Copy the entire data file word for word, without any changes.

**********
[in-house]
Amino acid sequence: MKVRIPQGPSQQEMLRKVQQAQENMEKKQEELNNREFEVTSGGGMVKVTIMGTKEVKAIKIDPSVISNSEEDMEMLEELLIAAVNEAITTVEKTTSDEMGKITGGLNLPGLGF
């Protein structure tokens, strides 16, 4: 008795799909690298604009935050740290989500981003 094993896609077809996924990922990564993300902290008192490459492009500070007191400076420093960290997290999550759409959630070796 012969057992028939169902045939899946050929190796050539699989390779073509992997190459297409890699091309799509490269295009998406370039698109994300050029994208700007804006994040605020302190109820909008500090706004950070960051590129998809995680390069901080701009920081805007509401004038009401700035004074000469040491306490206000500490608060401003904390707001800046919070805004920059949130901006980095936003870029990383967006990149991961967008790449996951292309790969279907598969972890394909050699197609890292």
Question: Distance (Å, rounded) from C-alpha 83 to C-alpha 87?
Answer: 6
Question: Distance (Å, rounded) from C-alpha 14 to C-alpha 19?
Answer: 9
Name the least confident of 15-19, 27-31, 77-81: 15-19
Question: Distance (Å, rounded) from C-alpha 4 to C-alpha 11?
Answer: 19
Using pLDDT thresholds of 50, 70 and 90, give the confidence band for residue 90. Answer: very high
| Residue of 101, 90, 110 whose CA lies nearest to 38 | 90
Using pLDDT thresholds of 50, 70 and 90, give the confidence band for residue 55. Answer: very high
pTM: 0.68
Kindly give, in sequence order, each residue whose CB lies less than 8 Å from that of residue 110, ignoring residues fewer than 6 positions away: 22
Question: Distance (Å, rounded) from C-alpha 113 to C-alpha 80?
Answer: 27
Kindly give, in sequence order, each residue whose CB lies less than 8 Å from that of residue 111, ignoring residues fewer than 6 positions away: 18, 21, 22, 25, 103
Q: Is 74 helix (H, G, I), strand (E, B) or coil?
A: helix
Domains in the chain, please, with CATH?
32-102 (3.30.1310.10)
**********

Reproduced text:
[in-house]
Amino acid sequence: MKVRIPQGPSQQEMLRKVQQAQENMEKKQEELNNREFEVTSGGGMVKVTIMGTKEVKAIKIDPSVISNSEEDMEMLEELLIAAVNEAITTVEKTTSDEMGKITGGLNLPGLGF
């Protein structure tokens, strides 16, 4: 008795799909690298604009935050740290989500981003 094993896609077809996924990922990564993300902290008192490459492009500070007191400076420093960290997290999550759409959630070796 012969057992028939169902045939899946050929190796050539699989390779073509992997190459297409890699091309799509490269295009998406370039698109994300050029994208700007804006994040605020302190109820909008500090706004950070960051590129998809995680390069901080701009920081805007509401004038009401700035004074000469040491306490206000500490608060401003904390707001800046919070805004920059949130901006980095936003870029990383967006990149991961967008790449996951292309790969279907598969972890394909050699197609890292």
Question: Distance (Å, rounded) from C-alpha 83 to C-alpha 87?
Answer: 6
Question: Distance (Å, rounded) from C-alpha 14 to C-alpha 19?
Answer: 9
Name the least confident of 15-19, 27-31, 77-81: 15-19
Question: Distance (Å, rounded) from C-alpha 4 to C-alpha 11?
Answer: 19
Using pLDDT thresholds of 50, 70 and 90, give the confidence band for residue 90. Answer: very high
| Residue of 101, 90, 110 whose CA lies nearest to 38 | 90
Using pLDDT thresholds of 50, 70 and 90, give the confidence band for residue 55. Answer: very high
pTM: 0.68
Kindly give, in sequence order, each residue whose CB lies less than 8 Å from that of residue 110, ignoring residues fewer than 6 positions away: 22
Question: Distance (Å, rounded) from C-alpha 113 to C-alpha 80?
Answer: 27
Kindly give, in sequence order, each residue whose CB lies less than 8 Å from that of residue 111, ignoring residues fewer than 6 positions away: 18, 21, 22, 25, 103
Q: Is 74 helix (H, G, I), strand (E, B) or coil?
A: helix
Domains in the chain, please, with CATH?
32-102 (3.30.1310.10)